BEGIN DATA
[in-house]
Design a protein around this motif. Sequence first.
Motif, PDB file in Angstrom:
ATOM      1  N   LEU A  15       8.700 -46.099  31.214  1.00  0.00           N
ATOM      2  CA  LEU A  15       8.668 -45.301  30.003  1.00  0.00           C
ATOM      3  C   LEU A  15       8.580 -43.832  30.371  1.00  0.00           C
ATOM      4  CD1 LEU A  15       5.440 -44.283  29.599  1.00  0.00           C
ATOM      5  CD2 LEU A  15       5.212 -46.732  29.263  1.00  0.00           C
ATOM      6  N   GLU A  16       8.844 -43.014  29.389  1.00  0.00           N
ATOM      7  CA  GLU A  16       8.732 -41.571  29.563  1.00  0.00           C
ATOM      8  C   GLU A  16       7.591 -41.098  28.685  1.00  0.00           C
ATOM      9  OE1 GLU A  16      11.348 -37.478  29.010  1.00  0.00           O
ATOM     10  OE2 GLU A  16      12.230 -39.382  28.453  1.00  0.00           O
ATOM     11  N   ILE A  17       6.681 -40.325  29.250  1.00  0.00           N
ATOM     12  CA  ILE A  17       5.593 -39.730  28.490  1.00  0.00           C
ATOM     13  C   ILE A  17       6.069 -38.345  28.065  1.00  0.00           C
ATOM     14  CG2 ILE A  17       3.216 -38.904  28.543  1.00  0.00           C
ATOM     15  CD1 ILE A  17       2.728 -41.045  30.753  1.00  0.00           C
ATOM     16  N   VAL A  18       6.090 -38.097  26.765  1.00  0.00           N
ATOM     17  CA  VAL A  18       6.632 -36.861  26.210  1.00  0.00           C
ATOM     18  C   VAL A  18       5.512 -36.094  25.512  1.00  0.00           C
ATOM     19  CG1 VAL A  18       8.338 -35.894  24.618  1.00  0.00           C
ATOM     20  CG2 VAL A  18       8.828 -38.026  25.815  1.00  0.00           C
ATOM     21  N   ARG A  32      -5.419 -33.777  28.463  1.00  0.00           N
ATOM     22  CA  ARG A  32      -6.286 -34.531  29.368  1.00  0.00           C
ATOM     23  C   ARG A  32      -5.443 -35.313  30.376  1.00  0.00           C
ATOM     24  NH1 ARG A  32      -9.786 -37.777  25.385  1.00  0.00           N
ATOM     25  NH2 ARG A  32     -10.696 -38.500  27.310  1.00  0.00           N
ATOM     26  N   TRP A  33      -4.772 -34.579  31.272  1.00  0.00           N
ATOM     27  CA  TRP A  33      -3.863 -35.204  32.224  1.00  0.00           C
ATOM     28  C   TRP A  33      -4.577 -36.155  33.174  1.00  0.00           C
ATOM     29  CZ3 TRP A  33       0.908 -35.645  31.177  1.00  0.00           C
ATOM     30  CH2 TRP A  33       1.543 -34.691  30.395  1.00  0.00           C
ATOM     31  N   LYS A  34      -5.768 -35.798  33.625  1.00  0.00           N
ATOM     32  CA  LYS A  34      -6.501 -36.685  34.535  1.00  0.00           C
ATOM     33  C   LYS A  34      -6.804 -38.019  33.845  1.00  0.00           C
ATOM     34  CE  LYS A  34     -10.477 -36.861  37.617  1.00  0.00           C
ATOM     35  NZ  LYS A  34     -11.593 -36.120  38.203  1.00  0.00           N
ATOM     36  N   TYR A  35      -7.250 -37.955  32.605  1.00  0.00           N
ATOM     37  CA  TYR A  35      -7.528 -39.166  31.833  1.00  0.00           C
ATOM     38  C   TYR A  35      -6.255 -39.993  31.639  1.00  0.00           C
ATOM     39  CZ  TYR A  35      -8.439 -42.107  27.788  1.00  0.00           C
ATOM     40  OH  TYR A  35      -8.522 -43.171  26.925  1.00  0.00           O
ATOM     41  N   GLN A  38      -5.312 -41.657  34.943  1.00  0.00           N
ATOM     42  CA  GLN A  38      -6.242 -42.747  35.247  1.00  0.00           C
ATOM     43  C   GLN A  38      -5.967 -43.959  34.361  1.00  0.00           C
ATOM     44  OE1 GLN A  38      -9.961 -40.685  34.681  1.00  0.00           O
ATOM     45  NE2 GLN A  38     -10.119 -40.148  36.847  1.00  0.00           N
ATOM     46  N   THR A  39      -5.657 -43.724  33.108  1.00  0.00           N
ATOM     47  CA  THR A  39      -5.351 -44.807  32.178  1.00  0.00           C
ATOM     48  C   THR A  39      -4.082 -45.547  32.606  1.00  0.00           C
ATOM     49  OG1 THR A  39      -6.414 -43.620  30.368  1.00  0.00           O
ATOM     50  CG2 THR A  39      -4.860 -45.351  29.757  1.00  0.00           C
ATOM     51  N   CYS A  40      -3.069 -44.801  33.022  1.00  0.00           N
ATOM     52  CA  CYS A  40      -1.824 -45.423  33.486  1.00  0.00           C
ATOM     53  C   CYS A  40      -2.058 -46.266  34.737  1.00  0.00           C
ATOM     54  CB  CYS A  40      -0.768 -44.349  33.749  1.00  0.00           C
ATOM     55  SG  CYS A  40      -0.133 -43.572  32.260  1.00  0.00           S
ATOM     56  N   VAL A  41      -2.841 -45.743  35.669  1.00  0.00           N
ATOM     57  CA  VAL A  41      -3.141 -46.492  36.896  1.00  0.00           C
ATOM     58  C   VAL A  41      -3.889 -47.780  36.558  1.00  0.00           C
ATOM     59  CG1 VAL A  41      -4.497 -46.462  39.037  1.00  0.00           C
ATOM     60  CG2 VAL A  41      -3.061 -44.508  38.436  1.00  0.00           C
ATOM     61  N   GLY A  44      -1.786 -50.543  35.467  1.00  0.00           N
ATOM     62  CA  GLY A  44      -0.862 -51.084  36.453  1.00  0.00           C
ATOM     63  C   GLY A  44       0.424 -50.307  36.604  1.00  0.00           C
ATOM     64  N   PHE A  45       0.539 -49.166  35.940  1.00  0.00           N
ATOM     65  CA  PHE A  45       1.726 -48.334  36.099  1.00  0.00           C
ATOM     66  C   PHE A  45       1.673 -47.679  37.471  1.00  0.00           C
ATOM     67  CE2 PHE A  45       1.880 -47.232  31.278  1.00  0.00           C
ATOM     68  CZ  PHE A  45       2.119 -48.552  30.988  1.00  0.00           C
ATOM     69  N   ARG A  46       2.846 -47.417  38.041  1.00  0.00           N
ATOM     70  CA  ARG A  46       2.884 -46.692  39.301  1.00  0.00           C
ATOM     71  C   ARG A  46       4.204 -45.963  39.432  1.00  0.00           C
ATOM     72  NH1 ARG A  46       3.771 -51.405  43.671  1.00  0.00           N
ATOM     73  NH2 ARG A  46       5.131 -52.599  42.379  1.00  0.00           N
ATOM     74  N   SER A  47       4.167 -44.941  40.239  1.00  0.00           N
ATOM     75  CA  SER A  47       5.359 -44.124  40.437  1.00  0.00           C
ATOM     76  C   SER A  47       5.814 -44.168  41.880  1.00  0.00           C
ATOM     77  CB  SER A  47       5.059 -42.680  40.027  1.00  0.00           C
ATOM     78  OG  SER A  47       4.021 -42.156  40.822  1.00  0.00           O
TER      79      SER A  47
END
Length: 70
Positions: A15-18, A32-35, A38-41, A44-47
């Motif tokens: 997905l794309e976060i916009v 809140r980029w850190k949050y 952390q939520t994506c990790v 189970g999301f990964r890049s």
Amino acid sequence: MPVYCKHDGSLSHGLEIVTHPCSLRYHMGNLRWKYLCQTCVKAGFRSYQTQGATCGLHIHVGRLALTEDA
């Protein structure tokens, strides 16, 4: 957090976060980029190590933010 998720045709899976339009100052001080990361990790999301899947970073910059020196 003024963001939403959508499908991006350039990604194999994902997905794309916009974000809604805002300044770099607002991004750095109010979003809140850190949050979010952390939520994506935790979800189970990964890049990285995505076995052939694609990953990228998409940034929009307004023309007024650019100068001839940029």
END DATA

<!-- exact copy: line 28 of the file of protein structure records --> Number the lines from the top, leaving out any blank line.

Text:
ATOM     25  NH2 ARG A  32     -10.696 -38.500  27.310  1.00  0.00           N